Keatts is the best hire of 2017

Time will tell if he's "the" best, but Kevin Keatts is among the best coaches that were hired five years ago. Yes, even with this last season. "Bah!", I imagine you saying, "We have expectations that aren't being met!" Yeah, yeah. Everyone has expectations. We haven't been able to complain our way to greatness in the last 30 years. Have some perspective. There were 12 major conference program vacancies five years ago and NC State has had one of the best results of those 12. You can see those results in one chart.

Coaches starting with teams in 2017-18

Let's work our way from the bottom to the top.

Wyking Jones: One tweet from 2017 reads "Cal just hired a guy who doesn't have his own Wikipedia page as head coach. Feel like that's a baseline requirement." Wise words. Jones was fired after two years for going 16-47. (FYI Keatts got his Wikipedia page in 2014 after being hired by UNC Wilmington.)

David Padgett: He did fine for an interim coach but was never expected to be the long-term solution for Louisville.

Archie Miller: Hey, remember that guy that played for us in 1998-2002? The guy that coached Dayton in the Elite Eight? The guy that we really wanted to hire in 2017? The guy whose dad told the Dayton Daily News that NC State "wasn't gonna happen" because "You gotta have trust in the people above you that they’ll stand by you."? Indiana only stood by him for four years. He made the NIT quarterfinals once.

Patrick Ewing: When Omer Yurtseven transferred to Georgetown he said "I needed a big man coach and I don't think anybody is better than Patrick Ewing when it comes to the experience he has as a player." That coach has zero winning Big East records in five years. Ewing got a contract extension from a surprise conference tournament championship and then lost 20 straight Big East games. (To be clear, I like Yurtseven and wish him well.)

Mike Hopkins: This was the coach-in-waiting for Syracuse who couldn't wait any longer for Jim Boeheim to retire. Hopkins turned Washington around quickly and won Pac-12 coach of the year twice. But since North Carolina blew him out of the 2019 NCAA Tournament, he hasn't even gotten an NIT bid.

Mike Boynton: A school should have low expectations when they hire a 35-year-old with no head coaching experience. (A school other than Duke, of course.) Oklahoma State has done pretty well despite the situation with the previous coach only staying one season, a tough Big 12, and one of the most unfair postseason bans ever handed out by the NCAA. Still, there's only been one winning conference record in five years, and it was the year he got the #1 recruit by hiring his brother.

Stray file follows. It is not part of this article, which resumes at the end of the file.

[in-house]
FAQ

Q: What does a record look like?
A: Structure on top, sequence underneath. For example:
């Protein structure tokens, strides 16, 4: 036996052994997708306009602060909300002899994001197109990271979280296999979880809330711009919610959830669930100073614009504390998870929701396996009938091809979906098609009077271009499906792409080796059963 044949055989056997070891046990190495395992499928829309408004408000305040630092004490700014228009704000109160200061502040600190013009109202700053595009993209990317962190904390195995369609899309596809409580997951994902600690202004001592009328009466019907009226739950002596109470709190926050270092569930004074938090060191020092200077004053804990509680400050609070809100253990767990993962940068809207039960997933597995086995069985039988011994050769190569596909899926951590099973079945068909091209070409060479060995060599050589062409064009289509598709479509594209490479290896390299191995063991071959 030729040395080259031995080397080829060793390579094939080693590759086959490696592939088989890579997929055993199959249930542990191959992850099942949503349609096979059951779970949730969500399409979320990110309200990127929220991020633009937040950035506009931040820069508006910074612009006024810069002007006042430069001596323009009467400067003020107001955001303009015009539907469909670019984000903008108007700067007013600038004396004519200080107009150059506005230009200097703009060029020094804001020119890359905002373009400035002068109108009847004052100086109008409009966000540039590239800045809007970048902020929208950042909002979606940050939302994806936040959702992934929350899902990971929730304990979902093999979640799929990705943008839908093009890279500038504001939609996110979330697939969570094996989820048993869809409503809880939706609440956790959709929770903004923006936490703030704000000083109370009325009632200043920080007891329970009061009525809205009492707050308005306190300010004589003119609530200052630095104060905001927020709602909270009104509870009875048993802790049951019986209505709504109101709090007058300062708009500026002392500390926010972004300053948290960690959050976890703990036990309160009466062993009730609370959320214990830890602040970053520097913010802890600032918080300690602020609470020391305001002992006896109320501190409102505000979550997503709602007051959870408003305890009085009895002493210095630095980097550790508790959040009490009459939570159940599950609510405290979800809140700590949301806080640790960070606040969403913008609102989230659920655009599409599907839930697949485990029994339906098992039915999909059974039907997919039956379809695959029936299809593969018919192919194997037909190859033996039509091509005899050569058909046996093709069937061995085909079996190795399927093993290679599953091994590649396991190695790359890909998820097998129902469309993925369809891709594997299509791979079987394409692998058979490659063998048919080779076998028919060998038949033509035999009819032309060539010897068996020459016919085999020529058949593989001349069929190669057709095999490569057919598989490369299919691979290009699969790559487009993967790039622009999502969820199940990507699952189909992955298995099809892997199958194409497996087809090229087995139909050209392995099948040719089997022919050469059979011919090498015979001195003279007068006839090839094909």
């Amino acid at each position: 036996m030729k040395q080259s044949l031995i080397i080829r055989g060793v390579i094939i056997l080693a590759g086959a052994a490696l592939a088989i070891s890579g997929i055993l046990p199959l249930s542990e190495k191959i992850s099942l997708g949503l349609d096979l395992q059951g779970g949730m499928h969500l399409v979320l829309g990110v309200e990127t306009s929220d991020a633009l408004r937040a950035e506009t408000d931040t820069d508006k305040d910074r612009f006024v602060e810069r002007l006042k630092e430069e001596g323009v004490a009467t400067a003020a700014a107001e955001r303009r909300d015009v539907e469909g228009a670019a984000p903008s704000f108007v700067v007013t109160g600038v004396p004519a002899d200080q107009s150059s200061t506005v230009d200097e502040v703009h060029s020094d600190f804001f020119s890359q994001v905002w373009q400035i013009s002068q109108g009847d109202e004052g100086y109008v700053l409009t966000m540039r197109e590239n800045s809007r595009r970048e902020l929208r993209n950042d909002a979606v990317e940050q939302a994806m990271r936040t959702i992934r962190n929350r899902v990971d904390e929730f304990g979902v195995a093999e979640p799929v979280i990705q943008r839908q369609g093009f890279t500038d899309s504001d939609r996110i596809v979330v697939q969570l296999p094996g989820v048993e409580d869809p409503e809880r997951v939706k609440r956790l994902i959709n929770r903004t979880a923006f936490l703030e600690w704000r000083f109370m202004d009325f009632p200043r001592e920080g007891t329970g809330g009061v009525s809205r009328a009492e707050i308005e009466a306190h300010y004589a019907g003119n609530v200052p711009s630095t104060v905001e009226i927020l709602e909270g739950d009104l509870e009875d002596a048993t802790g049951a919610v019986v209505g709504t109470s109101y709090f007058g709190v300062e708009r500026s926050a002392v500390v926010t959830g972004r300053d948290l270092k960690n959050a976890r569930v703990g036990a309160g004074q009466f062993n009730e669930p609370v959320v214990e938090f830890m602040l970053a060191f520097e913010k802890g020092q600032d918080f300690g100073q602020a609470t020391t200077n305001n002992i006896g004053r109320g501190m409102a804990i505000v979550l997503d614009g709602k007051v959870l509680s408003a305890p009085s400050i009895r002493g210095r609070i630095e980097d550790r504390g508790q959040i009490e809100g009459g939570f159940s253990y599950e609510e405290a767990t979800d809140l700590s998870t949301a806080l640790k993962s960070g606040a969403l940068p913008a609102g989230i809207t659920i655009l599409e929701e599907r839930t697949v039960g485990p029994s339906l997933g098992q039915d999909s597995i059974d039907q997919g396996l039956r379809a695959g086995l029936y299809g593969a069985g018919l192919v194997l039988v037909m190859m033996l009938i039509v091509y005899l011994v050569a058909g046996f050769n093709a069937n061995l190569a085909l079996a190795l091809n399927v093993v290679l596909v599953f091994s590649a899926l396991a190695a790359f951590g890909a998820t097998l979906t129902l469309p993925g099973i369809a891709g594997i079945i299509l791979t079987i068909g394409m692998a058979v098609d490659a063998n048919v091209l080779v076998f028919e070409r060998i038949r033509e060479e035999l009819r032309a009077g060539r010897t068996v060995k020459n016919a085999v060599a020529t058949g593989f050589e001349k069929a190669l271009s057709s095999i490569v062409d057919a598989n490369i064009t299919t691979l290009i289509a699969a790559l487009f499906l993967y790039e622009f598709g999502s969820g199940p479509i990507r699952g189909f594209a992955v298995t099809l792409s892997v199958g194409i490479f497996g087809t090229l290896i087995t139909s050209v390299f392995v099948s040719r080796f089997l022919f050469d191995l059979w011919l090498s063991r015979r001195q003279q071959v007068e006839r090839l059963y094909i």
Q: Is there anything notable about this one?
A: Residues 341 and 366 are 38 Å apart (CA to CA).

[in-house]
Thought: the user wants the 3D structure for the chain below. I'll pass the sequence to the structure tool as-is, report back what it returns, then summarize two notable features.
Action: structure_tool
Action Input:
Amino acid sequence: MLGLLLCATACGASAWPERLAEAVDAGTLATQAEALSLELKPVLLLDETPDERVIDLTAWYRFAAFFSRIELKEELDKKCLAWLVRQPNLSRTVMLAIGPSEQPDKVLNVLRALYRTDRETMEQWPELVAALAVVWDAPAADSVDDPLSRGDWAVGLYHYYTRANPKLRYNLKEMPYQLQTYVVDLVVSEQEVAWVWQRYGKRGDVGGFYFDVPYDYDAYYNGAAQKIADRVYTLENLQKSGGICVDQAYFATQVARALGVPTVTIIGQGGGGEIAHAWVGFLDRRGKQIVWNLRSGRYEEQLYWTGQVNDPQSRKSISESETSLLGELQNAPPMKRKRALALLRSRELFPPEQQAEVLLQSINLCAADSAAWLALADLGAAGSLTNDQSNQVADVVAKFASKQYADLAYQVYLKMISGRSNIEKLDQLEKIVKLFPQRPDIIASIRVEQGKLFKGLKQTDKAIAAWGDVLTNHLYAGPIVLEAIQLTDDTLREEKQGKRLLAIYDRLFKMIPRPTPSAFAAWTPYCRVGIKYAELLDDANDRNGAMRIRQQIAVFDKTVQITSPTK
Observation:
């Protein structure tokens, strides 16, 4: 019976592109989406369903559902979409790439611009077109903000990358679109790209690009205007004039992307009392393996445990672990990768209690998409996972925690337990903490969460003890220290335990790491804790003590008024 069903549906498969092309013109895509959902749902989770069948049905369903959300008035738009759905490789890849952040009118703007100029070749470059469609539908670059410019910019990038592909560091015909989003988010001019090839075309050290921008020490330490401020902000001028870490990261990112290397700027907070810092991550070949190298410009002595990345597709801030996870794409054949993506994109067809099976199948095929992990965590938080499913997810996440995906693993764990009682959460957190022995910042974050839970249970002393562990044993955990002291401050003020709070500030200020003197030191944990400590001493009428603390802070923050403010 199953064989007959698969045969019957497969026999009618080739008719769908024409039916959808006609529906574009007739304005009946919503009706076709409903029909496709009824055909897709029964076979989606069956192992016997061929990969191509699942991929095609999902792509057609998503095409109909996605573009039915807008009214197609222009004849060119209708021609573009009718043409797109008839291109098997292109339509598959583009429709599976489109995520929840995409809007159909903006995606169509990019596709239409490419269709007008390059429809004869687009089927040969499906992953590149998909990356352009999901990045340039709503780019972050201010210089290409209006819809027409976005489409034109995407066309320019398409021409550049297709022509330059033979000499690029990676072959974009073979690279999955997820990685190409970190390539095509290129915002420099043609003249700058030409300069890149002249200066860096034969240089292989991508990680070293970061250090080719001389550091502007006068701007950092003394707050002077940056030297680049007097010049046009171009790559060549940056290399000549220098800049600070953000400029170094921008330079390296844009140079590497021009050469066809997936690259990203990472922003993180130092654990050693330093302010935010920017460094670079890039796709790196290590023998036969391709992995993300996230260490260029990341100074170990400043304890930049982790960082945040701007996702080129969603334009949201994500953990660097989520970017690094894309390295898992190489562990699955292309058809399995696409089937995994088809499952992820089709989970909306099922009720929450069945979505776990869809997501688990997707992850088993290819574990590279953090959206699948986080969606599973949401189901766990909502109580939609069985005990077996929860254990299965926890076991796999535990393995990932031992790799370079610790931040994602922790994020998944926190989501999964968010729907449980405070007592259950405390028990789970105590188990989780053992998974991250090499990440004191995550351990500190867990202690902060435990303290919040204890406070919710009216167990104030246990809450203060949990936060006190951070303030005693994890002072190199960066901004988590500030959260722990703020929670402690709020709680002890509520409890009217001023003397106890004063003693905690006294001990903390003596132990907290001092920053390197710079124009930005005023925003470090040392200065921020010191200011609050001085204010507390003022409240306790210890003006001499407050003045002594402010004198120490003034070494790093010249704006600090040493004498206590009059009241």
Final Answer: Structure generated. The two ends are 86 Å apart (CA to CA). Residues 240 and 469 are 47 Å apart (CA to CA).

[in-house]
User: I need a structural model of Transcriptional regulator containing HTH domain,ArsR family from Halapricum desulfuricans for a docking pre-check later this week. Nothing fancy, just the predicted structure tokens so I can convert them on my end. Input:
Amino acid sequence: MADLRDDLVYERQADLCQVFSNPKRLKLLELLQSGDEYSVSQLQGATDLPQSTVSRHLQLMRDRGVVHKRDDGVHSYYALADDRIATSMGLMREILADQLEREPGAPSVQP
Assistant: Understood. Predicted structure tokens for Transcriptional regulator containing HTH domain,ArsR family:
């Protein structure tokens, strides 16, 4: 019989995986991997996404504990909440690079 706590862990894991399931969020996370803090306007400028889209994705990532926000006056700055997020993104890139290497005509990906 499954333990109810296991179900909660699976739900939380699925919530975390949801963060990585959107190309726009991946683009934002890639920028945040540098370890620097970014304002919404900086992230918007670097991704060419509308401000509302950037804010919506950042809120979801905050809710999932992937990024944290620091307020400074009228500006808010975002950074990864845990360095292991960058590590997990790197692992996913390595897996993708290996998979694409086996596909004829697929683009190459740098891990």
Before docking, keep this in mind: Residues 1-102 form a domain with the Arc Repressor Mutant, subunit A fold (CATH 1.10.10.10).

Cuonzo Martin: His five years at Missouri came after three years at Missouri State, three years at Tennessee, and three years at California. The Tigers were #10 in the nation in February 2021 but haven't been so hot since. Martin was just fired. He was 78-77 at Missouri. (Keatts is 90-67 at State.)

LaVall Jordan: Unlike the other coaches on this list, Jordan inherited a program coming off a Sweet 16 run from Chris Holtmann, who jumped to Ohio State. I don't know what your expectations are for Butler, but Jordan is no Brad Stevens. Three losing seasons in five years.

Kevin Keatts: Yeah, this season stunk. You can blame Keatts, blame assistants, blame injuries, blame the NCAA issues, blame the none-and-done recruits, blame Covid, whatever. Just give him credit for the four consecutive seasons at .500 or above in the ACC. That's something that Sendek and Valvano never did. Like in most professions, coaches with three to eight years of experience aren't always going to beat guys with decades of experience.

Brad Underwood: It took him two years to match the 11 conference wins that Keatts got in year 1. Yes, Illinois has done better lately. Still, I wonder how well he'd have done if All-American Kofi Cockburn had a season-ending injury in the first minute of the first game. Underwood also damaged Oklahoma State in his one season there by hiring an assistant that got caught up in the bribery scandal, giving the Cowboys a postseason ban years after he left.

Will Wade: Speaking of the bribery scandal, we have Mr. Strong-Ass Offer himself. LSU just fired Wade, three years too late, after the NCAA finally hit them with seven Level-1 violations for basketball. I hope the wins were worth it. A multi-year postseason ban is likely.

Chris Holtmann: You might say that Ohio State got the best coach on the list and you might be right. He got all five teams in the NCAA Tournament. (I'm counting 2020, shoot me.) Still, he was set up better than most of the coaches on this list because his predecessor was a good coach that stepped down for health reasons. And don't even get me started on how NC State was left out of the 2019 Tournament for going 9-9 in a conference with 10 first-round NBA draft picks and 5 Sweet 16 teams, while Ohio State got in for going 8-12 in a conference with 2 first-round NBA draft picks and 3 Sweet 16 teams.

Note that the 12 coaches here have combined to play ZERO games in the second weekend of the NCAA Tournament in the last five years. (LSU suspended Wade for the 2019 postseason.)

For those who want to move on, be careful what you wish for. 80% of these coaches have clearly done worse than Keatts. What are the odds that someone else would do better? And even if you want to roll that dice, "better" doesn't mean that we would start kicking Kansas and Kentucky around. It includes the levels of success of a Mark Turgeon, Shaka Smart, or Herb Sendek and we'd complain about that too. I think the Keatts ceiling is still high and I hope we get to see it.